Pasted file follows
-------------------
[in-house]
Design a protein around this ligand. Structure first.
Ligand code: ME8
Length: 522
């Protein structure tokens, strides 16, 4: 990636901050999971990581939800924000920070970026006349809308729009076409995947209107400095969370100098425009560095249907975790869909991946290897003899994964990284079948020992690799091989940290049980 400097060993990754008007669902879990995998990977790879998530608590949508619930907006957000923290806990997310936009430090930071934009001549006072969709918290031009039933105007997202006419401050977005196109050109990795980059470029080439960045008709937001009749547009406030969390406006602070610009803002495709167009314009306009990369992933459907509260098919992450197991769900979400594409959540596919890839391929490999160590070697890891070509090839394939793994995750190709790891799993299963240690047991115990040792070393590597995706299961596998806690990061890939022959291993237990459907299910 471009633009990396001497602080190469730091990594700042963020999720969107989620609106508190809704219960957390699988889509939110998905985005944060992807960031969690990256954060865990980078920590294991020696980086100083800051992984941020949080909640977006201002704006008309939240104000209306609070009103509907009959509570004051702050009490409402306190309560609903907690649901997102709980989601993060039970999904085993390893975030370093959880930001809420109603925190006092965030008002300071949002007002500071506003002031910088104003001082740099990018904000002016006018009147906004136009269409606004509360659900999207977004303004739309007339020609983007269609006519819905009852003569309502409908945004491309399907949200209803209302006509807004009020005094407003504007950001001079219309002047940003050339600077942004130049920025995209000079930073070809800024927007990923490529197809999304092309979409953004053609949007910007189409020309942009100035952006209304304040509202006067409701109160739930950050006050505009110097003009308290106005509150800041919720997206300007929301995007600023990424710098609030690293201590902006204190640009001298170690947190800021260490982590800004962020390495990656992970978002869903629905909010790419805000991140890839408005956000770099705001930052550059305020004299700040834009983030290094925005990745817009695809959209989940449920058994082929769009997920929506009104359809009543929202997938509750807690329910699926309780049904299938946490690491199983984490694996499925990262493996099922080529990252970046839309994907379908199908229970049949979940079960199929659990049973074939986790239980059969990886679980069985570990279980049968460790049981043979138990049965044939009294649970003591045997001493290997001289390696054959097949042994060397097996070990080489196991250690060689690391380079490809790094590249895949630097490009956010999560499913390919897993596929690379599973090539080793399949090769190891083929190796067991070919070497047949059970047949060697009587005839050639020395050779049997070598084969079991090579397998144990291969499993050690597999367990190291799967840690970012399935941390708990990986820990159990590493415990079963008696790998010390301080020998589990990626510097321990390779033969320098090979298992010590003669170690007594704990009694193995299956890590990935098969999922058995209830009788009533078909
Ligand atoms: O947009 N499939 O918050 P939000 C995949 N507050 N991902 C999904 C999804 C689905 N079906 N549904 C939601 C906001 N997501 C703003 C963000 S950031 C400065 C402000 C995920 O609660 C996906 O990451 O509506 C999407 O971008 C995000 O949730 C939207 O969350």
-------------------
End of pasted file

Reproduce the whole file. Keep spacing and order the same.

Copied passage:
[in-house]
Design a protein around this ligand. Structure first.
Ligand code: ME8
Length: 522
């Protein structure tokens, strides 16, 4: 990636901050999971990581939800924000920070970026006349809308729009076409995947209107400095969370100098425009560095249907975790869909991946290897003899994964990284079948020992690799091989940290049980 400097060993990754008007669902879990995998990977790879998530608590949508619930907006957000923290806990997310936009430090930071934009001549006072969709918290031009039933105007997202006419401050977005196109050109990795980059470029080439960045008709937001009749547009406030969390406006602070610009803002495709167009314009306009990369992933459907509260098919992450197991769900979400594409959540596919890839391929490999160590070697890891070509090839394939793994995750190709790891799993299963240690047991115990040792070393590597995706299961596998806690990061890939022959291993237990459907299910 471009633009990396001497602080190469730091990594700042963020999720969107989620609106508190809704219960957390699988889509939110998905985005944060992807960031969690990256954060865990980078920590294991020696980086100083800051992984941020949080909640977006201002704006008309939240104000209306609070009103509907009959509570004051702050009490409402306190309560609903907690649901997102709980989601993060039970999904085993390893975030370093959880930001809420109603925190006092965030008002300071949002007002500071506003002031910088104003001082740099990018904000002016006018009147906004136009269409606004509360659900999207977004303004739309007339020609983007269609006519819905009852003569309502409908945004491309399907949200209803209302006509807004009020005094407003504007950001001079219309002047940003050339600077942004130049920025995209000079930073070809800024927007990923490529197809999304092309979409953004053609949007910007189409020309942009100035952006209304304040509202006067409701109160739930950050006050505009110097003009308290106005509150800041919720997206300007929301995007600023990424710098609030690293201590902006204190640009001298170690947190800021260490982590800004962020390495990656992970978002869903629905909010790419805000991140890839408005956000770099705001930052550059305020004299700040834009983030290094925005990745817009695809959209989940449920058994082929769009997920929506009104359809009543929202997938509750807690329910699926309780049904299938946490690491199983984490694996499925990262493996099922080529990252970046839309994907379908199908229970049949979940079960199929659990049973074939986790239980059969990886679980069985570990279980049968460790049981043979138990049965044939009294649970003591045997001493290997001289390696054959097949042994060397097996070990080489196991250690060689690391380079490809790094590249895949630097490009956010999560499913390919897993596929690379599973090539080793399949090769190891083929190796067991070919070497047949059970047949060697009587005839050639020395050779049997070598084969079991090579397998144990291969499993050690597999367990190291799967840690970012399935941390708990990986820990159990590493415990079963008696790998010390301080020998589990990626510097321990390779033969320098090979298992010590003669170690007594704990009694193995299956890590990935098969999922058995209830009788009533078909
Ligand atoms: O947009 N499939 O918050 P939000 C995949 N507050 N991902 C999904 C999804 C689905 N079906 N549904 C939601 C906001 N997501 C703003 C963000 S950031 C400065 C402000 C995920 O609660 C996906 O990451 O509506 C999407 O971008 C995000 O949730 C939207 O969350």